If you got here because I commented and you were directed to this blog, it is because Blogger will not show both blogs. So you can get to my Pat's Posts, by clicking this miscellany, the first blog while this is just about books.

Monday, November 24, 2014

More catch up Part 2 Mrs Astor Regrets

"Mrs Astor Regrets" The Hidden Betrayals of a Family Beyond Reproach, by  author Meryl Gordon is fantastic.  What a great find for only 99 cents at the Goodwill Store.  I read this months ago and relished it, perhaps because recently Brooke Astor made the news again while her  89 year old son, anthony M Marshall, was  discharged from  his prison sentence  for abusing Mrs. Astor financially and otherwise by denying her  certain comforts. .  It is a tale of woe evidencing that the very rich are also plagued by greed and all sorts of family trials...In 2000 Brooke Astor, wealthy philanthropist, glamorous socialite, widow of Vincent Astor was diagnosed with Alzheimer's.  Somehow  with the best care money could buy she was able to continue on. She lived to be 105 and died in 2007.  

 Because I grew up back east and was familiar with old money families from tales I was intrigued by her life and this book covers all of that, the Oscar de la Renta's, the Rockefellers, Louis Auchincloss, the Kissingers, all the rich and famous and then some weave in and out of the memoir.  Brooke was more than a strong character; she was  demanding,  an old biddy, someone who insisted being in control well beyond when she could be, and yet very  generous financially to her pet to causes.  Her  best friend was the far  younger, Annette de la Renta,  who would try to rescue and defend the  aged matriarch from the grip of the evil son, Tony Marshall Brooke's child from her first marriage to Dryden Kuser who  became an alcoholic and whom she would divorce in 1930 in Reno.  Her second marriage to  Charles Marshall, from whom her son took his name, was successful and is commented on by Nancy Reagan as the love of Brooke's life but he died suddenly at only 50.  Six months later in November 1952 Brooke married Vincent Astor, son of the John Jacob Astors who perished  on the Titanic. Vincent who was moody and possessive but rich beyond statement died  5 1/2 years after they married, leaving her the famous surname and a trust fund of more than $60 million.  Luxury became hers for life.  She took that storied name and  rebranded the Astor image to respect and glamour; she renovated the Astor Foundation and made it worthy of great pride.  Meantime her son, Tony cowered always overshadowed by the strong dominant personality of his mother.  He was enabled by her and dependent, achieving little in life on his own.  At one point Brooke admits that she  ruined him by indulging him and allowing him to not be accountable, bailing him out financially and not allowing him to grow up.  I am surprised this has not become a bigger best seller because it is a sweeping saga of  big time money and could challenge trite soap operas that dominate television like  the Dallas series.  .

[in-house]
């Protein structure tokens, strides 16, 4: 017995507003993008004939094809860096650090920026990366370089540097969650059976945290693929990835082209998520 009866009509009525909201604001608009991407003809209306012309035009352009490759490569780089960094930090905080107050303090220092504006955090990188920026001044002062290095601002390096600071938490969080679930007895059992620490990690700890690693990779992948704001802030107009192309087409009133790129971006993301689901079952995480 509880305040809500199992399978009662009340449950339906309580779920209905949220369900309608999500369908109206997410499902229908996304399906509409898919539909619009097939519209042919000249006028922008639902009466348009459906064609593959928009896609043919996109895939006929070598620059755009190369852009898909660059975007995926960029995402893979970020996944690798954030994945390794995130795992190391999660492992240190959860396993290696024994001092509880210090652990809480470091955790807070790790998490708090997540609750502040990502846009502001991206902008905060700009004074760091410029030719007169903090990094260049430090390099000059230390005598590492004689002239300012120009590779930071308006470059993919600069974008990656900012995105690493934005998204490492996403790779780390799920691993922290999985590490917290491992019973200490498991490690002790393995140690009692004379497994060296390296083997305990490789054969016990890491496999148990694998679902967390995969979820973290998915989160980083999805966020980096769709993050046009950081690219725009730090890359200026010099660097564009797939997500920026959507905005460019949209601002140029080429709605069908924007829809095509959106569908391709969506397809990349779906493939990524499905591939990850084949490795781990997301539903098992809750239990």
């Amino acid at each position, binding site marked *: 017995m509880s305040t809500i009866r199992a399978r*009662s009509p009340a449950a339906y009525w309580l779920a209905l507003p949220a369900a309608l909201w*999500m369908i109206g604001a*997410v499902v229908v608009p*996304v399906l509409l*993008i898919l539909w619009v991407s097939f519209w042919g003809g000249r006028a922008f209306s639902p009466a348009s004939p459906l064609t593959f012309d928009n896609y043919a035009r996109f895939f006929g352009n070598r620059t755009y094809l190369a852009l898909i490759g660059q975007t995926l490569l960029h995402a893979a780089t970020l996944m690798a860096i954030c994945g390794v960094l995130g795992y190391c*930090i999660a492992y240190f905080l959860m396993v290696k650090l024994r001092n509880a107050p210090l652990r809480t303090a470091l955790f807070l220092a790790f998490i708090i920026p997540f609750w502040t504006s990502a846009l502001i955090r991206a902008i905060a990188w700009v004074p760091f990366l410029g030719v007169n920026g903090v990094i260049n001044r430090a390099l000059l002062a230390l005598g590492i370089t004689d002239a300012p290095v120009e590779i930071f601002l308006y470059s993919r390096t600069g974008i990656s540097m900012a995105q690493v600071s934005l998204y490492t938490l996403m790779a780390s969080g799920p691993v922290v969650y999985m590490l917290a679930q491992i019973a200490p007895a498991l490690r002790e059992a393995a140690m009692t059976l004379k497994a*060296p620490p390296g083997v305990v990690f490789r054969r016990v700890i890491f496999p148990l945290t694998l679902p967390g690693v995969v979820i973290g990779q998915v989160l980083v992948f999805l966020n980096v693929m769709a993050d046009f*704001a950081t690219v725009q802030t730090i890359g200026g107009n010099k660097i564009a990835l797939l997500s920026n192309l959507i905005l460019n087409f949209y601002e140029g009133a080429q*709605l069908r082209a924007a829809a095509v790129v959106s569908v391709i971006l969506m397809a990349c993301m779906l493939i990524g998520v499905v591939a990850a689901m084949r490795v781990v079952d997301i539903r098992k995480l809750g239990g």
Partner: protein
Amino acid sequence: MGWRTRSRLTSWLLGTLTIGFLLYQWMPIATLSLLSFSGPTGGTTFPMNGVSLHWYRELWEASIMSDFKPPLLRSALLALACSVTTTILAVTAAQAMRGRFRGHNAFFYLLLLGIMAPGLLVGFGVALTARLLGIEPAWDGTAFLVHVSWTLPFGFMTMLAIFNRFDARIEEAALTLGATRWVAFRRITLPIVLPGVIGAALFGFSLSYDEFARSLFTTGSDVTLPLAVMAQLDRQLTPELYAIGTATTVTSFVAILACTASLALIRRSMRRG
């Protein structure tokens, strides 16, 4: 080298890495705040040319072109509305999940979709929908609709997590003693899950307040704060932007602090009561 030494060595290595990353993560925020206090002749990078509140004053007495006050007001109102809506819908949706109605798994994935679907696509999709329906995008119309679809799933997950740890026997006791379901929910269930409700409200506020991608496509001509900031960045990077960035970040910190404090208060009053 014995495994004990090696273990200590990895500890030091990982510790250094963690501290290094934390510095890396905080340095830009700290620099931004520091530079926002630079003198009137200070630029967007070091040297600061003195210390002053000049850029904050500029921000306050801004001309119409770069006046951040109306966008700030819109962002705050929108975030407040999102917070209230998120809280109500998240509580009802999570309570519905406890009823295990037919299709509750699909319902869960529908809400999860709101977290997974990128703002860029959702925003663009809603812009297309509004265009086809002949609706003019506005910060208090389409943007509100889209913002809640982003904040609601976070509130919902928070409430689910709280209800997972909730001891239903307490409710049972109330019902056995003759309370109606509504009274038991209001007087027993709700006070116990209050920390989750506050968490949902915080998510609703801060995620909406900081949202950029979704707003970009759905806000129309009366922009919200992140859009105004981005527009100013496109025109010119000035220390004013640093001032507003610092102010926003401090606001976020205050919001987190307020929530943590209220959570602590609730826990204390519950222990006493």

The book references to how she maintained the image of elegance, always made up and dressed to the  9's of perfection to which she said particularly on charitable visits and events, "People expect to see Mrs. Astor and I shall not disappoint them."  She was easily bored with people and rotated friends in and out of her circle often on whim.  Still she was victim to the greed of her son, peculiar in itself as he was her only child and heir.  Speculation is that  perhaps his  wife urged him on out of her own greed, but  he  had to agree.  Brooke's tale is enriched and yet heartbreaking to  learn that at the end, this wealthy woman was so restricted.  It's paperback only 285 pages.  An excellent investigative report and memoir by the author, Meryl Gordon. 

On Page 229,  "Discipline" a poem written by Brooke paints an overview of her tragic life,
 I am old and I have had
more than my share of good and bad.
I've had love and sorrow, seen sudden death,
and been left alone and of love bereft.
I thought I would never love again
and I thought my life was grief and pain.
The edge between life and death was thin,
but then I discovered discipline.
I learned to smile when I felt sad,
I learned to take the good and the bad.
I learned  to care a great deal more
for the world about me than before.
I began to forget the "Me" and "I"
and jpoined in life as it rolled by:
This may not mean sheer ecstasy
but it is better by far than "I" and "Me"

Back cover
I give this 5 *****  Pick it up if you want to read about the lives of the truly rich and famous, a saga

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